Creatine in type 2 diabetes: A randomized, double-blind, placebo-controlled trial

Journal Title (Medline/Pubmed accepted abbreviation): Med. Sci. Sports Exerc.
Year: 2011
Volume: 43
Number: 5
Page numbers:770-778
doi (if applicable): 10.1016/j.metabol.2010.07.003

Summary of background and research design:

Background: Healthy diet and exercise are the first recommendations in the treatment of diabetes. Creatine has been proposed to aid in the treatment of diabetes by regulating blood glucose. GLUT-4, the transporter that brings glucose from the blood into the body cells, declines with the progression of diabetes, and there is some evidence that creatine may slow this decline.

Hypothesis:Creatine supplementation in combination with exercise training will lead to a greater improvement in glucose sensitivity than aerobic training alone in type 2 diabetic patients.

Subjects: Male (9) and female (16) obese, type 2 diabetic individuals (BMI ≥ 30 kg/m2) who were not involved in regular exercise programs participated in this study.

Experimental design: randomized, double-blind, placebo-controlled, parallel groups. There were 13 people in the creatine group and 12 people in the placebo group.

Protocol: All participants were involved in a moderate-intensity exercise routine involving aerobic and strength training for a little more than 1 hour per day, 3 days per week, for 12 wks. Before and after the 12 wks of training, participants were assessed for HbA1c concentrations and area under the curve for blood glucose, insulin, and C-peptide following a mixed meal (500 kcal, 60% carbohydrates, 20% fat, and 20% protein). Participants were also assessed for muscle strength, aerobic conditioning, body composition, and lipid profile. Finally, muscle biopsies were performed to assess muscle creatine stores and glucose transporter concentration/localization.

  • Glycosylated hemoglobin or HbA1c- a metric of long-term blood glucose fluctuations - When blood glucose rises, some of the glucose molecules will become affixed to the hemoglobin in the blood.  If a person experiences many episodes of very high blood glucose, they will exhibit a higher percentage of glycosylated hemoglobin.  This is a routine measure for management of diabetes.
  • C-peptide-  a fragment of the insulin molecule that is cleaved off to release mature insulin.  C-peptide is a good measure of the amount of insulin secretion.

 Treatment: Creatine monohydrate (5 g/day) or a placebo (pure glucose), taken with lunch every day for the 12 wks.

Summary of research findings
  • Approximately half of the participants in each group were able to identify which treatment group they were in.  Since they had a 50% chance of guessing correctly, it is suggested that there were little, if any, noticeable effects of the creatine in their daily lives.
  • After the intervention, the creatine group had significantly higher phosphocreatine levels in their muscles compared to the placebo group (70 ± 18 mmol/kg for the creatine group and  46 ± 13 mmol/kg for the placebo group).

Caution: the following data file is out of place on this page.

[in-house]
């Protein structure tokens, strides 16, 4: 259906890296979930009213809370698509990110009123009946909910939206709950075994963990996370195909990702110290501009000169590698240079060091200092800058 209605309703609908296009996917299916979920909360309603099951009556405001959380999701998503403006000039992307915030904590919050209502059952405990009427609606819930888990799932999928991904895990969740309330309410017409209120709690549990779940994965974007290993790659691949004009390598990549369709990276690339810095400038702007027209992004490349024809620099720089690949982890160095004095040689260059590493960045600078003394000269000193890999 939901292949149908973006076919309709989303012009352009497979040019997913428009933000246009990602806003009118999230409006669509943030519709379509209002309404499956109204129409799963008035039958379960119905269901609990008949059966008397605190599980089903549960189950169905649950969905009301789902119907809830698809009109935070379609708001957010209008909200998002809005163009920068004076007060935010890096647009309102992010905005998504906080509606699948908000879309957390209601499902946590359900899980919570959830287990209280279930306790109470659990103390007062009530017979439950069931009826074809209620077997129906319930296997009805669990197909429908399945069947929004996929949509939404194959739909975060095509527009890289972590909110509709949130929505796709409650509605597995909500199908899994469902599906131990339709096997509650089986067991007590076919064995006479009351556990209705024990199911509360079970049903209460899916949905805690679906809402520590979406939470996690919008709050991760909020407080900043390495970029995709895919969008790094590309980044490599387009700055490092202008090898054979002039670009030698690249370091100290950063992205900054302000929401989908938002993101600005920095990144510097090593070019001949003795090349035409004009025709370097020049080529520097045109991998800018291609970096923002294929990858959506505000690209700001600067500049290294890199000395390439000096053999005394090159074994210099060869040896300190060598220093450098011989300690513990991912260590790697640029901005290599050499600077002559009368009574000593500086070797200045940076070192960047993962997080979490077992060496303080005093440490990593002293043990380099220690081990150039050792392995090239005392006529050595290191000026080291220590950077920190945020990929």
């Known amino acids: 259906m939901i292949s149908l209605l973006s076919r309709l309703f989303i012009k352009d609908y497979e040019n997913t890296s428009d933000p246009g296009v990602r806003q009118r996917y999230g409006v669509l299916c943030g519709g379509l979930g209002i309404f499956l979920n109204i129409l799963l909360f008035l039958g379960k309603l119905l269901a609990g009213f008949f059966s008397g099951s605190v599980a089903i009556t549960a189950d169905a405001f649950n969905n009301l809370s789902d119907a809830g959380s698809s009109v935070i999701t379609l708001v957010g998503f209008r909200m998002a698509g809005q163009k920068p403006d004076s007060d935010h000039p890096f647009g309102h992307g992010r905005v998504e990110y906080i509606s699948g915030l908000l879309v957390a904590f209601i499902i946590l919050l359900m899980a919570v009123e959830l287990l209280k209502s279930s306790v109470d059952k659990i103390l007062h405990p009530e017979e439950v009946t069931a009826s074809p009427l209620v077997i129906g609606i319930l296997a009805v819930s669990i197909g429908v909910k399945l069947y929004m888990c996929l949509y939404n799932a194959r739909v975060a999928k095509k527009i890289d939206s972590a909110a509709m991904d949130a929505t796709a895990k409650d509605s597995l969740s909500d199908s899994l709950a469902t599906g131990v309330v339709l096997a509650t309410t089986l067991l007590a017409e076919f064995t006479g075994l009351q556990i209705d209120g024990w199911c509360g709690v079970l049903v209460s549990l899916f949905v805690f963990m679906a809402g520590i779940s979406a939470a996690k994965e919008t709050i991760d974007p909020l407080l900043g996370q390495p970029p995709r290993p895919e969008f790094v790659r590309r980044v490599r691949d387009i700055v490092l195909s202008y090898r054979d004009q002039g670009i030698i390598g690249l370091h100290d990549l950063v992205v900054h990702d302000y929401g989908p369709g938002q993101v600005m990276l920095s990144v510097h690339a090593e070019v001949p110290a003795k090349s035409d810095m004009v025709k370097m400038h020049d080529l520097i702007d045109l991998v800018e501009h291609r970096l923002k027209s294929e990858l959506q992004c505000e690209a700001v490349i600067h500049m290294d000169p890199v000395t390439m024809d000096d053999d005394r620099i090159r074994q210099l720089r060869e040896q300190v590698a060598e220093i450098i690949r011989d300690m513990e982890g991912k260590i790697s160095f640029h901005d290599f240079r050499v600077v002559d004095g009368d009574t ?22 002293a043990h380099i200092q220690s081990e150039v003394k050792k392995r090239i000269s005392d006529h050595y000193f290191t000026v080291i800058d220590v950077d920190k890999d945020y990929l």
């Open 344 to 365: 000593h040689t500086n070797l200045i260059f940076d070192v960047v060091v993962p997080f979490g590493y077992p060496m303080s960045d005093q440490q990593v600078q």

• After intervention, HbA1c concentration was reduced significantly in the creatine group compared to the placebo group, implying better glucose control (p = 0.0001).
  • Fasting blood glucose was reduced in the creatine group as well as that area under the curve for glucose vs. time after a mixed meal.
  • Interestingly, there was no discernable difference in glucose response after the exercise intervention within the placebo group.
  • There were no significant differences in fasting insulin or C-peptide concentrations, nor were there differences in insulin or C-peptide vs. time responses to the mixed meal in either group.
  • All participants experienced increases in strength and muscle function from exercise training, with no significant differences between dietary treatment groups.
  • There were not any significant differences in blood lipoproteins when comparing before and after intervention for either group.
  • GLUT-4 quantity increased to a similar amount after training in both groups.  After training, the GLUT-4 content in the diabetic patients was not significantly different from non-diabetic patients.  However, after creatine supplementation, a greater proportion of GLUT-4 had translocated to the cell membrane compared with placebo.  This was reflected in the membrane-associated GLUT-4 and membrane-associated:total GLUT-4 ratio.

Interpretation of findings/Key practice applications

There has been previous research showing that creatine can help improve insulin sensitivity, especially when coupled with an exercise regimen, and this study further corroborates this previous research. The decline in hemoglobin A1c due to creatine supplementation was approximately 1 percentage point, which is comparable to or exceeds the effects of some pharmaceutical interventions. This study was also interesting because it also provided some mechanistic information (e.g., the GLUT-4 data) on how creatine might work.


The participants did not achieve improved glycemic control with exercise alone, as the protocol was designed to do. This is likely because there was only about 64.4% ? 19.9% compliance for the creatine group and 73.3% ? 19.8% compliance for the placebo group in regard to attending the exercise classes. In addition, the sample size was small. However, if these findings can be repeated by other researchers, creatine supplementation may represent a valuable therapeutic option for type 2 diabetes.

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